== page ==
It generated dozens of brand name identities for me.

I researched the names and shortlisted ones that suited my purpose. I went on to search for which names were already in use.

Vibrant Conflux is a unique term, with no online business using it before I started.

I even discussed pronunciation of “Vibrant Conflux” with ChatGPT. We discussed that the wording is somewhat difficult to pronounce with the “t” at then end of Vibrant, not easily rolling into the “c” sound of Conflux.

We agreed that it might be a positive feature to have a brand name that must be said succinctly.

The AI reflects You

At his graduation exhibition in April 2024 at the Limerick School of Art and Design, an artist exhibited a surreal short movie.

It was a strongly emotive piece, challenging the viewer.

The movie was made up of 3-second clips, all generated by AI based on his own prompts. He put them together with suitable music for a very moving piece.

From my understanding, he fed the AI engine prompts for it to generate these short clips. He used his emotions and self-knowledge to ask the AI to generate clips.

He ultimately put the AI-generated clips together to tell a story that was very human.

He got the AI to reflect aspects of him to help him tell a story.

AI becoming more creative and available

Generative or creative AI is being embedded deeply into creative digital tools.

We’ve all see it: you can ask the AI to write essays, write poetry, write jokes.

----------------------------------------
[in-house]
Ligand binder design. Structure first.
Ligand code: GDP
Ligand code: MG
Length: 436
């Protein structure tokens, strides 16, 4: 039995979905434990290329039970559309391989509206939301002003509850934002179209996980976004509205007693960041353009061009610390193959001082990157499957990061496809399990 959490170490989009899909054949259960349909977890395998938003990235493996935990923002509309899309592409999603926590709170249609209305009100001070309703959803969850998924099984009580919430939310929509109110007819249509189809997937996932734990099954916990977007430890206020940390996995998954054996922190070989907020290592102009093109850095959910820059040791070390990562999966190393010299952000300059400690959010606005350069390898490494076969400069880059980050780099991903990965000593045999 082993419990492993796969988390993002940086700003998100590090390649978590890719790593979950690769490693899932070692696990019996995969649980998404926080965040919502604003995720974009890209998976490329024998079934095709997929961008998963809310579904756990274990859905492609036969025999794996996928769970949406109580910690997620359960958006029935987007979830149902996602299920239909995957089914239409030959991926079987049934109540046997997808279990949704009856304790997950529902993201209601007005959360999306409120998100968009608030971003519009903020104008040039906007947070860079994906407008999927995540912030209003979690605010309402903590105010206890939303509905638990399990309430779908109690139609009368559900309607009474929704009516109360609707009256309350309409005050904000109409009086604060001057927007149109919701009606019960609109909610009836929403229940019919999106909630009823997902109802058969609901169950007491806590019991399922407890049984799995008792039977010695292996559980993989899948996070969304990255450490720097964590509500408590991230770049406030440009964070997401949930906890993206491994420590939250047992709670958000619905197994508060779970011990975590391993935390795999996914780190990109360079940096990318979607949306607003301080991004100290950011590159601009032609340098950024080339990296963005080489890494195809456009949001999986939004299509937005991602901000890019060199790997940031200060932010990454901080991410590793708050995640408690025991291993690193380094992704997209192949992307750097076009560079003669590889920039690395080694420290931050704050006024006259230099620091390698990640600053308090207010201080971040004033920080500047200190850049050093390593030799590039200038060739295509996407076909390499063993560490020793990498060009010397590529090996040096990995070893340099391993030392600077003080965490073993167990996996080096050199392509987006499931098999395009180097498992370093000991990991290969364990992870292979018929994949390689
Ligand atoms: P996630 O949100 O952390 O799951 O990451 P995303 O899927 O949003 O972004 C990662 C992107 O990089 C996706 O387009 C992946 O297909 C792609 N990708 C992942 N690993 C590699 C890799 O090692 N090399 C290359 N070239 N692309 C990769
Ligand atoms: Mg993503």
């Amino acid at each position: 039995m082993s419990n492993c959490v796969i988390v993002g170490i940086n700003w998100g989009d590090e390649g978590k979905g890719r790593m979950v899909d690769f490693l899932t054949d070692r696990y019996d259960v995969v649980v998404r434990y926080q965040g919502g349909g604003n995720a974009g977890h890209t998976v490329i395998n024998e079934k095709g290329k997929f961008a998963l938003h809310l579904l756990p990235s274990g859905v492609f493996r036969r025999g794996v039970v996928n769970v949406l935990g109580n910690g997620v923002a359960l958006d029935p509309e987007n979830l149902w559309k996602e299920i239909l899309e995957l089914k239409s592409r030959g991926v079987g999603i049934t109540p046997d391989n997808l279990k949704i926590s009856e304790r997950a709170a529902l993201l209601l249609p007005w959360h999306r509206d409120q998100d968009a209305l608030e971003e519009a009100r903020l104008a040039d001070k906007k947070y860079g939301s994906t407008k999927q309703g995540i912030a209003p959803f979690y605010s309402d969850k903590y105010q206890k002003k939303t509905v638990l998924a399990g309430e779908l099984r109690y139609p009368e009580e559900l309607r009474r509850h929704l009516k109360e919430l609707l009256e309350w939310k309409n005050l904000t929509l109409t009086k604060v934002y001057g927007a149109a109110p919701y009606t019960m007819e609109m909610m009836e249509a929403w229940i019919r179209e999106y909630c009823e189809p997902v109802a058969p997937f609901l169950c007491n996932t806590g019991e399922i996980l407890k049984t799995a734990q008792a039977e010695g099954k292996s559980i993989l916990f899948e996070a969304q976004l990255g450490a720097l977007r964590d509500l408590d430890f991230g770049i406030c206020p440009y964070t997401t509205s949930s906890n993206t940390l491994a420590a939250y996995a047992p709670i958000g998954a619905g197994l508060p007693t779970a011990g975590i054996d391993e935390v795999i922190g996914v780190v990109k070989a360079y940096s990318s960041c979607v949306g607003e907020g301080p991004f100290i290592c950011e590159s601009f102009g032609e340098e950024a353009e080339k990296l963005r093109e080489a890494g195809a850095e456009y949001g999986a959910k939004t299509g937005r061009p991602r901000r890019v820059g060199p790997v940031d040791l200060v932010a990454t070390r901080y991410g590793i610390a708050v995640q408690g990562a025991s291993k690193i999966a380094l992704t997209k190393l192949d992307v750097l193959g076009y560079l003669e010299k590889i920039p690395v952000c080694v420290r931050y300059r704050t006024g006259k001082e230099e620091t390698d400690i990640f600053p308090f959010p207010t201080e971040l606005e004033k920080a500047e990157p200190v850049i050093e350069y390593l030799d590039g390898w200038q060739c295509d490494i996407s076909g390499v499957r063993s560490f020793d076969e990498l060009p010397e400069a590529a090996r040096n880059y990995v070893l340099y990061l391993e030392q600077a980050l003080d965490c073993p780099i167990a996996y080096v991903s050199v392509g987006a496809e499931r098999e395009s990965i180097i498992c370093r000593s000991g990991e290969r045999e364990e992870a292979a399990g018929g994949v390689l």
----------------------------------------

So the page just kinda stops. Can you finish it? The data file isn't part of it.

(You can’t ask Spotify to “play me a mix of Leonard Cohen and Laura Marling”, because they haven’t caught up, but surely they will.)

The only answer to AI is to be more creative

When writing this article, an image came to me.

Imagine an Irish monk 500 years ago.

Sitting in a small stone structure on an island off the coast of Kerry. No human interruptions. The sound of the sea and the birds. Pure meditative state and being “at one with God”.

The monk might have reached for inspiration, and produced art (just see the Book of Kells).

The monk example is just an extreme example of no AI tools, indeed not input from elsewhere.

We don’t live in that world. We of course live in a digitally connected world.

All those powerful creative digital tools are there to use.

AI is there for inspiration and support (“That’s a very insightful perspective, Eoin. Let’s explore that further.”)

The potential is You

You’re not that disconnected meditating monk.

You have all this potential laid out in front of you. Instantly accessible tools, not to mention pen and paper.

There is so much inspiration, help and guidance available to you through AI in ways that just weren’t possible.

I don’t want to under-value human interactions. AI at the time of writing hasn’t come within a mile of the value of interaction with other humans.

But the thing is, the AI is always there and available, and the human you want to interact with might not be available.

The only answer to AI is to be more creative, with the AI.

Be that creativity, and let AI help you shine brighter.